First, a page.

Alert managers: No ‘magic words’ needed to request FMLA
Issue: Some supervisors think about FMLA only if an employee explicitly says "I need FMLA leave."
Risk: In reality, employees don't need to use the term "FMLA." Failing to recognize qualifying requests could spark an FMLA dispute.
Action: Urge supervisors to listen closely for leave requests that would fall under FMLA, then alert you.
When employees ask for leave, especially for unforeseen circumstances, they don't need to assert their FMLA rights by stating, "I need FMLA leave." In fact, they don't even need to mention FMLA. While employees must provide a general explanation of their reason for leave, it's your responsibility to identify leave requests that qualify as job-protected FMLA leave.
If the employee gives enough information to draw a preliminary conclusion that the leave may qualify for FMLA, consider yourself on notice. That's why it's important to teach supervisors how to listen for leave requests that would fall under the FMLA umbrella. As the following court ruling shows, even general leave requests, such as "I have a family emergency," could trigger FMLA protections.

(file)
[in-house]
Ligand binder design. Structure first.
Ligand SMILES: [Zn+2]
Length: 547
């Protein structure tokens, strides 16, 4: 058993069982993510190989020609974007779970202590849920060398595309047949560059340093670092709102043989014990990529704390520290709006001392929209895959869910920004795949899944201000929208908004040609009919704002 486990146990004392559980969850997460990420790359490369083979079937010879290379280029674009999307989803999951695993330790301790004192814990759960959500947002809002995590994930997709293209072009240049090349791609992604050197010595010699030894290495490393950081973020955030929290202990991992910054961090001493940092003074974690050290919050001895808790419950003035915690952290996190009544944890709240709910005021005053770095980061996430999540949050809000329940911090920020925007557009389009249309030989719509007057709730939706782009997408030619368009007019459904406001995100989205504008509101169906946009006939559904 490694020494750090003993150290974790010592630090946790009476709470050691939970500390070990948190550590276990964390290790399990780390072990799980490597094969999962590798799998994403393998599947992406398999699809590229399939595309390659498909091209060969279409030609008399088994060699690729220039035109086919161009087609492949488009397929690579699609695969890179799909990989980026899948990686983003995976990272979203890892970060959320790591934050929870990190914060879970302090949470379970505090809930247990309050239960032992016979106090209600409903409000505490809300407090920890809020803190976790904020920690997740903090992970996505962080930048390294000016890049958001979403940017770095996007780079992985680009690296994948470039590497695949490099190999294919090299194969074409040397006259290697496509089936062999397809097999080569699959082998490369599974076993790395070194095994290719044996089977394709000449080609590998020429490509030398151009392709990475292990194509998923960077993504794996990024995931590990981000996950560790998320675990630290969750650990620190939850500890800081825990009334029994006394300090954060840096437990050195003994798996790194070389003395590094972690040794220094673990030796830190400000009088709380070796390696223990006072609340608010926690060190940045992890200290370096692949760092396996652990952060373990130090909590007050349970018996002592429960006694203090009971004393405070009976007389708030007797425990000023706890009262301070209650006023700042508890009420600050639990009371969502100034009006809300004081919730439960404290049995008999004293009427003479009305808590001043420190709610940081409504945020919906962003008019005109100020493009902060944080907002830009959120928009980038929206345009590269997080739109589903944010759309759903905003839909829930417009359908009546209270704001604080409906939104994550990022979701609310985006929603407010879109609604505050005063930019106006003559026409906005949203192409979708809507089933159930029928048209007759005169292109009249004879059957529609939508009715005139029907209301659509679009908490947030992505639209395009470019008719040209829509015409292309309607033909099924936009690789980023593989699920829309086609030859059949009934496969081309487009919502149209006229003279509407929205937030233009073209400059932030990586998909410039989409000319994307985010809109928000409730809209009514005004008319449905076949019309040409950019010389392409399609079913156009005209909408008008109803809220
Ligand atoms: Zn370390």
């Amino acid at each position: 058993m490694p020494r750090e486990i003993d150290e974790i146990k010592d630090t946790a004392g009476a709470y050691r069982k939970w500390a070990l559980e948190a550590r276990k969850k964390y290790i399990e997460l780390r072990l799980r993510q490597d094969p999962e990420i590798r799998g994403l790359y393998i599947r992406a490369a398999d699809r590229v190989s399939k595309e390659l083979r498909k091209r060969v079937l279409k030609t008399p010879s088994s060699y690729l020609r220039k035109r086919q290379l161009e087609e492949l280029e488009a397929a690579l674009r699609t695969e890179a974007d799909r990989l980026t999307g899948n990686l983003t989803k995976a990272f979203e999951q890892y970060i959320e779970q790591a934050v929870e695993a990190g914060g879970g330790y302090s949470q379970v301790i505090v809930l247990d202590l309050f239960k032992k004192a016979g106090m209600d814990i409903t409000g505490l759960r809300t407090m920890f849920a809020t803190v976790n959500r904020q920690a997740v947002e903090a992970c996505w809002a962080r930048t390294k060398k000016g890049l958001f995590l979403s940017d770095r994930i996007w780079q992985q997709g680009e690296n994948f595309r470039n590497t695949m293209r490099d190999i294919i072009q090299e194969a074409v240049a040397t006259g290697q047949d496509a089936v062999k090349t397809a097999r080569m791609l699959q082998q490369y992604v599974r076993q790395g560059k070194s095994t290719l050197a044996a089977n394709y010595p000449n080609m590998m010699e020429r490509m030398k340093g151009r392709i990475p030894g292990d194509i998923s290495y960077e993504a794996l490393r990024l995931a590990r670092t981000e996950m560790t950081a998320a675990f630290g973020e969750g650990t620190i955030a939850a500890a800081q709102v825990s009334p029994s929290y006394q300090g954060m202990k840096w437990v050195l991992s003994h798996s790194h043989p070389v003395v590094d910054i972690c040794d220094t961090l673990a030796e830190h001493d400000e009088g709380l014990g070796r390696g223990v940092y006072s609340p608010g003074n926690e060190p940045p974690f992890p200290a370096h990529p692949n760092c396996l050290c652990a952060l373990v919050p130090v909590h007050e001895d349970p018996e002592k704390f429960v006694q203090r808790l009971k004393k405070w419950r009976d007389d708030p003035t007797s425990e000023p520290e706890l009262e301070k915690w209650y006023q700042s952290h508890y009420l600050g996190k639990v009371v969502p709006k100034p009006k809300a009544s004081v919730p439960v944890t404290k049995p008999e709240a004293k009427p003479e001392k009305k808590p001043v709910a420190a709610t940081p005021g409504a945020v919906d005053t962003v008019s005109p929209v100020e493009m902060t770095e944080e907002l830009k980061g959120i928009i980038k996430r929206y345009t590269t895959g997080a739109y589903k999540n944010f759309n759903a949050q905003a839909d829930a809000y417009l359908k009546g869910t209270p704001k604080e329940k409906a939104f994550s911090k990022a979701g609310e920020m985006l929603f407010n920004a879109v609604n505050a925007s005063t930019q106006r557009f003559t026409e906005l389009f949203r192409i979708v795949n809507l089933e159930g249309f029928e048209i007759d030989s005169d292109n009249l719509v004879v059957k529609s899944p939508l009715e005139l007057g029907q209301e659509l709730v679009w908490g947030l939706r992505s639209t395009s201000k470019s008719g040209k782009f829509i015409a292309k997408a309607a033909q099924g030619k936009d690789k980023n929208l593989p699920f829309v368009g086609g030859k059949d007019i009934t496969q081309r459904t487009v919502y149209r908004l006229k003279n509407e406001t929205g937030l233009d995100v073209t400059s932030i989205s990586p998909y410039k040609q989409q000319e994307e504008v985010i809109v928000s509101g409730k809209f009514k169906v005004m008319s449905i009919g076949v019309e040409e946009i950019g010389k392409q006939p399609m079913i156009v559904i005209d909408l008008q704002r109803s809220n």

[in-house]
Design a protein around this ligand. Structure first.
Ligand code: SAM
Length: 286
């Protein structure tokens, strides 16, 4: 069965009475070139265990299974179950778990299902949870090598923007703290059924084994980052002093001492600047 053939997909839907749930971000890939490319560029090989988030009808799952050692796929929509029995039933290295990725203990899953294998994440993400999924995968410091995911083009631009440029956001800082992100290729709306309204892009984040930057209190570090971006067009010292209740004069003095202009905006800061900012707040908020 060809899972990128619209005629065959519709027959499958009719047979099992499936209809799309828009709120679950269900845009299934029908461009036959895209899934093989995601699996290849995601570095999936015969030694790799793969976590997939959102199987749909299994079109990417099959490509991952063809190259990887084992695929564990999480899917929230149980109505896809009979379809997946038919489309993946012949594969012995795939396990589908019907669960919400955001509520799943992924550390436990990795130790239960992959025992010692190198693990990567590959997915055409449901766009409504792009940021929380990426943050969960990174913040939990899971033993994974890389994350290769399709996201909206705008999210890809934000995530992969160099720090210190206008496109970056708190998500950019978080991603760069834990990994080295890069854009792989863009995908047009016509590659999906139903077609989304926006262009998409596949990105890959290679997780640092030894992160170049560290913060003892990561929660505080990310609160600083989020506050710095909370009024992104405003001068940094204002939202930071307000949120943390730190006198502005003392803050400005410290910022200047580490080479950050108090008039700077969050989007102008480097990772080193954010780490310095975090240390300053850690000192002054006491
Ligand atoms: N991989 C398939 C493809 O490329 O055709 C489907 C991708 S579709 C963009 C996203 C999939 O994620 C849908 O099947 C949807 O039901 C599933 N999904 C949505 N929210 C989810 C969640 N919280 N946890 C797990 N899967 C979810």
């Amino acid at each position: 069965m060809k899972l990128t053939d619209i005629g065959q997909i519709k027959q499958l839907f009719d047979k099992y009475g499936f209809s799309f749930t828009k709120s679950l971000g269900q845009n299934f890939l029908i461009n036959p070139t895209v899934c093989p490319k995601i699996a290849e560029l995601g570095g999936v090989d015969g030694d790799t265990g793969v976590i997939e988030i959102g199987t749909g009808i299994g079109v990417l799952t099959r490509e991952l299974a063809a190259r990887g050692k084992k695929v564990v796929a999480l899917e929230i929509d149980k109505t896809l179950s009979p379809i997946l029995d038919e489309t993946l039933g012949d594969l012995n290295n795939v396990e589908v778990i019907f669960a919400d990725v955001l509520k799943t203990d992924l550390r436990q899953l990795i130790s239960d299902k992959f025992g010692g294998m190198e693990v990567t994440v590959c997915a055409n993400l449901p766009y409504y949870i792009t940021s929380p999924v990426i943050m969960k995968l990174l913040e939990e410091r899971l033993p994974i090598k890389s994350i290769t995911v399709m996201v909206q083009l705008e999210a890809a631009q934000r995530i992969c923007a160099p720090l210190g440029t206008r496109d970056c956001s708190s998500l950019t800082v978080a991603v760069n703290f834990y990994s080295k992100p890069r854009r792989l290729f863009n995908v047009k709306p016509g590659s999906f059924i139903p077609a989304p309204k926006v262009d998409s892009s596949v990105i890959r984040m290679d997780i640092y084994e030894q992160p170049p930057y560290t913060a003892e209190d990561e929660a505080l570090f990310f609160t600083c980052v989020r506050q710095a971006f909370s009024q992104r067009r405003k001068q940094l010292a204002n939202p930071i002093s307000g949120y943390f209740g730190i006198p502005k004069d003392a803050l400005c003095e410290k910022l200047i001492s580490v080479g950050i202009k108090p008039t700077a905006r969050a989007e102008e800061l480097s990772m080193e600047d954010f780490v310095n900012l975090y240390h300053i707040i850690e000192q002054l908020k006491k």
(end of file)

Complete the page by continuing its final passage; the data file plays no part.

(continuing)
Recent case: When an employee told his boss that he needed leave to deal with a "family emergency," the employer refused to grant him the time off. He sued under FMLA, and the court sided with him, saying his designation of "family emergency" was enough to put the company on notice of his need for FMLA leave.
FMLA regulations require employees to give you only a "short and plain statement" of their need for leave. If you determine later that the employee (or family member) didn't have a serious health condition that would qualify for leave, you can withdraw your FMLA leave approval at that time. (Christenson v. The Boeing Co, No. 150 LC 34924, D.Ore., 2005)
To discover which type of health problems qualify for FMLA leave, download our free report, FMLA: How to Define a Serious Health Condition, at www.hrspecialist.net/fmla.
Top 5 FMLA challenges for HR
2. Vague certification notes from doctor.
3. Productivity loss due to absences.
4. Unsure about legitimacy of leave request.
5. Morale problems with staff asked to cover.
Source: Society for Human Resource Management's FMLA survey, January 2005